The VW software reduces the purification of exhaust gases, chiefly nitrogen oxide, when the weather is colder than 15 C (59 F) or climbs above 33 C (91.4 F), as well as when the vehicle is driven at an altitude of 1,000 meters (3,280 feet) or more.
Rantos said that the temperature window when the exhaust fumes were being cleaned “is not representative of real driving conditions” because temperatures often drop below 15 C (59 F) in Austria and Germany, where cars are also routinely driven at higher altitude.
The automaker faced a diesel emissions scandal after the U.S. Environmental Protection Agency in 2015 found that the company had installed special software to rig U.S. emissions tests for its latest “clean diesel” vehicles. Volkswagen has apologized and paid more than 31 billion euros ($36 billion) in fines, recall costs and compensation to car owners.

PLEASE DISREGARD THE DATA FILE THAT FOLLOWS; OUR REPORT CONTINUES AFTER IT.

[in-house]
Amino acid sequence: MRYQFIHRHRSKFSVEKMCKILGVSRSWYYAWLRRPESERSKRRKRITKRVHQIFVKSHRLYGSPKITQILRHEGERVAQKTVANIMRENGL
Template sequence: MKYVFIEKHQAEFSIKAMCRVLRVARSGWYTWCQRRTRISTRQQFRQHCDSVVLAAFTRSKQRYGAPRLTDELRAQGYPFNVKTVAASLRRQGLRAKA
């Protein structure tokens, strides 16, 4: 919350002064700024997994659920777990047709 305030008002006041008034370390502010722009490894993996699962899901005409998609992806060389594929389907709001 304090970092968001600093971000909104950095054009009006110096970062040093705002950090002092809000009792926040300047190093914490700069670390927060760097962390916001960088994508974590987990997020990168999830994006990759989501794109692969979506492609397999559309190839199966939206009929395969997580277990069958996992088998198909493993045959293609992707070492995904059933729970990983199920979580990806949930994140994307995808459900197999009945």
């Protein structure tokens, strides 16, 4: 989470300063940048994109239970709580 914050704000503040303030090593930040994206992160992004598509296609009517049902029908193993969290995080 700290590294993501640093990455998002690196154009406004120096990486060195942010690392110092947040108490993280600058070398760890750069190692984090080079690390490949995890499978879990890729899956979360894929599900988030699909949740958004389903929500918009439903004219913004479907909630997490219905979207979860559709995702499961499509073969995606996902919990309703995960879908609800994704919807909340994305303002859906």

The German car manufacturer admitted to fitting millions of cars with the device and it turned out that the use of the cheating software hadn't been isolated to the U.S. In Europe, it had argued that the software could be justified by the fact that it helps protect the engine over time.
This story was first published on September 23, 2021. It was updated on September 24, 2021 to add that software in Volkswagen cars to alter pollutant emissions in hot or cold weather doesn’t conform to EU law unless it prevents sudden damage to the engine in case of the failure of certain components, and that damage can’t be prevented by regular maintenance.